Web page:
This is particularly apparent in the document’s use of case studies that are unvaryingly invoked to support the need to disclose information, even in apparently trivial cases. Each of the case studies appealed to becomes a moral tale that is interpreted in a single way only, vindicating the stance of the document and broadening the scope of moral panic rather than allowing readers to enter into the complexities of particular encounters. The cases betray the convictions of their drafters, as in the simplistic assumption that bed wetting in a young child must automatically highlight or even engender suspicion of sexual abuse, regardless of the range of alternative medical causes of this symptom. Thus, case studies become a moral bludgeon rather than an opportunity for reflection.4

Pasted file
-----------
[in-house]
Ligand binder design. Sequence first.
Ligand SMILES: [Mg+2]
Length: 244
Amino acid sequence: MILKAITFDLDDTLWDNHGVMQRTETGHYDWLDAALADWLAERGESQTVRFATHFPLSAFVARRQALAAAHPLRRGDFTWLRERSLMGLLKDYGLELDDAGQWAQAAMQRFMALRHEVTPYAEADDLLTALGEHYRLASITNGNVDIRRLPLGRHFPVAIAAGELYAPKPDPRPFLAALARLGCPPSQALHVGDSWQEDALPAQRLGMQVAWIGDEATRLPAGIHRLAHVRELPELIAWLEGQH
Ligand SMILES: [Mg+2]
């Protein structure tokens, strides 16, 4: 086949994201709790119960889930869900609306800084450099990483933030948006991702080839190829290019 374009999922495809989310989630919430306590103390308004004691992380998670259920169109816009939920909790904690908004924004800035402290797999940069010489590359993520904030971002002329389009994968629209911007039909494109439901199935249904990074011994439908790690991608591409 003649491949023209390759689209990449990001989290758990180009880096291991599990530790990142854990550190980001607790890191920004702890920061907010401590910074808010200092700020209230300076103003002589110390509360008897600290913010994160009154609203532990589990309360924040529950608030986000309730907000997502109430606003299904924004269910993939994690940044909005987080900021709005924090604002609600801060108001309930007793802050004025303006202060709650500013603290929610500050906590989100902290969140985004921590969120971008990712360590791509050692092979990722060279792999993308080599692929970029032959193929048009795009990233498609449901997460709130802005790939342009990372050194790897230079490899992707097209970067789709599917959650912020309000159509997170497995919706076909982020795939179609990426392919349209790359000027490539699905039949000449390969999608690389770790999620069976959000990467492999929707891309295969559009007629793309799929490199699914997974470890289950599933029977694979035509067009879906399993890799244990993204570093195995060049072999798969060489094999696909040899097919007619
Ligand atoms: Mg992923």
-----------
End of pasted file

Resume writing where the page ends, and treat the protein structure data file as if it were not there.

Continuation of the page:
Paradoxically, this approach (and perhaps we should be grateful for this) makes all too clear the limits and arbitrariness of the kinds of policies that are being advocated as it heralds the extreme penetration of a draconian kind of surveillance mechanism into the lives of both workers and clients in health and social care. If parents have children who wet the bed, then they had better keep well clear of health workers if they want to avoid a full-scale inquisition into all aspects of their personal and familial lives. Such inquisition is likely to be based on suspicion and on ad hoc, ill-grounded or invalid deduction leading to action, rather than on evidence or client disclosure. This is a recipe for distrust and suspicion, as services are seen more and more as part of the mechanism of policing and control rather than as client-focused resources for help and care.